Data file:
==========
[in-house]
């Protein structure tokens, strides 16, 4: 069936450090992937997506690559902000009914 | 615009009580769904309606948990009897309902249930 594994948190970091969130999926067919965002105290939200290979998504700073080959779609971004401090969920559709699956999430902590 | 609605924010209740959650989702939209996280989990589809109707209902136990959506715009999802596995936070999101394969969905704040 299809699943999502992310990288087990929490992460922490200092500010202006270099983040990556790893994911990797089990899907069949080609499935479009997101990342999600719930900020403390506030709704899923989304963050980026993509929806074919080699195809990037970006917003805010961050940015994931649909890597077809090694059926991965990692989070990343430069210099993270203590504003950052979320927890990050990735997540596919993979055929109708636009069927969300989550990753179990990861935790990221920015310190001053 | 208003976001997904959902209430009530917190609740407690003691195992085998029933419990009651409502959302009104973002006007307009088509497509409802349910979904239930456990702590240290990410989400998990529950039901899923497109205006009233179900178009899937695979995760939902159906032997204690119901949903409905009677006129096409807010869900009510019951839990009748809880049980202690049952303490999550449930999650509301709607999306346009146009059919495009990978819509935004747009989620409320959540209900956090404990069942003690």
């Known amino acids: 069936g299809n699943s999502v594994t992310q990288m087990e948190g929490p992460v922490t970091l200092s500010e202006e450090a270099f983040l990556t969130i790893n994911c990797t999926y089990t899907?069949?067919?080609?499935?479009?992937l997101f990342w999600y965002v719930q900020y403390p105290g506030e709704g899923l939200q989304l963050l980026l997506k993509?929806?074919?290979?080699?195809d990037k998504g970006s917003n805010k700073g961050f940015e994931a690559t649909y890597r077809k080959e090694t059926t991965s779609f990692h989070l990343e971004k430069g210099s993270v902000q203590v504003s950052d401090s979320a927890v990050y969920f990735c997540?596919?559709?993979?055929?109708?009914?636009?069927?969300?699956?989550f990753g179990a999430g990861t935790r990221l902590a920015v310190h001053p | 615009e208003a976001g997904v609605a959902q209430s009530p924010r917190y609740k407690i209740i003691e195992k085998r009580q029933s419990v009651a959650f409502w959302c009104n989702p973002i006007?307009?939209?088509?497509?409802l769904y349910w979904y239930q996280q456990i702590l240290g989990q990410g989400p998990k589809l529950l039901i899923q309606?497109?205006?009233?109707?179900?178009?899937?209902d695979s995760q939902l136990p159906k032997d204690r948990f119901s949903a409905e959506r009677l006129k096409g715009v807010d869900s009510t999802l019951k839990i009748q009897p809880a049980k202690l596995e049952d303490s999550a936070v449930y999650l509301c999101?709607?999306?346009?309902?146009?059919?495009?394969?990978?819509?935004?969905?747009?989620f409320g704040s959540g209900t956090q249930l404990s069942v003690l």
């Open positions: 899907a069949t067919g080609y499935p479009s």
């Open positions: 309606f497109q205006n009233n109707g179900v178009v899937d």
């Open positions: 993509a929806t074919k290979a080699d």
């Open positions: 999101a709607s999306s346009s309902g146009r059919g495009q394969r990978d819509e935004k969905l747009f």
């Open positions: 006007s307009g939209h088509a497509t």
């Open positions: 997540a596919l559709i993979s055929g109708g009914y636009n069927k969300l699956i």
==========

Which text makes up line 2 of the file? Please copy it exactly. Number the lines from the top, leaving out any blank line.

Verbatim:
């Protein structure tokens, strides 16, 4: 069936450090992937997506690559902000009914 | 615009009580769904309606948990009897309902249930 594994948190970091969130999926067919965002105290939200290979998504700073080959779609971004401090969920559709699956999430902590 | 609605924010209740959650989702939209996280989990589809109707209902136990959506715009999802596995936070999101394969969905704040 299809699943999502992310990288087990929490992460922490200092500010202006270099983040990556790893994911990797089990899907069949080609499935479009997101990342999600719930900020403390506030709704899923989304963050980026993509929806074919080699195809990037970006917003805010961050940015994931649909890597077809090694059926991965990692989070990343430069210099993270203590504003950052979320927890990050990735997540596919993979055929109708636009069927969300989550990753179990990861935790990221920015310190001053 | 208003976001997904959902209430009530917190609740407690003691195992085998029933419990009651409502959302009104973002006007307009088509497509409802349910979904239930456990702590240290990410989400998990529950039901899923497109205006009233179900178009899937695979995760939902159906032997204690119901949903409905009677006129096409807010869900009510019951839990009748809880049980202690049952303490999550449930999650509301709607999306346009146009059919495009990978819509935004747009989620409320959540209900956090404990069942003690």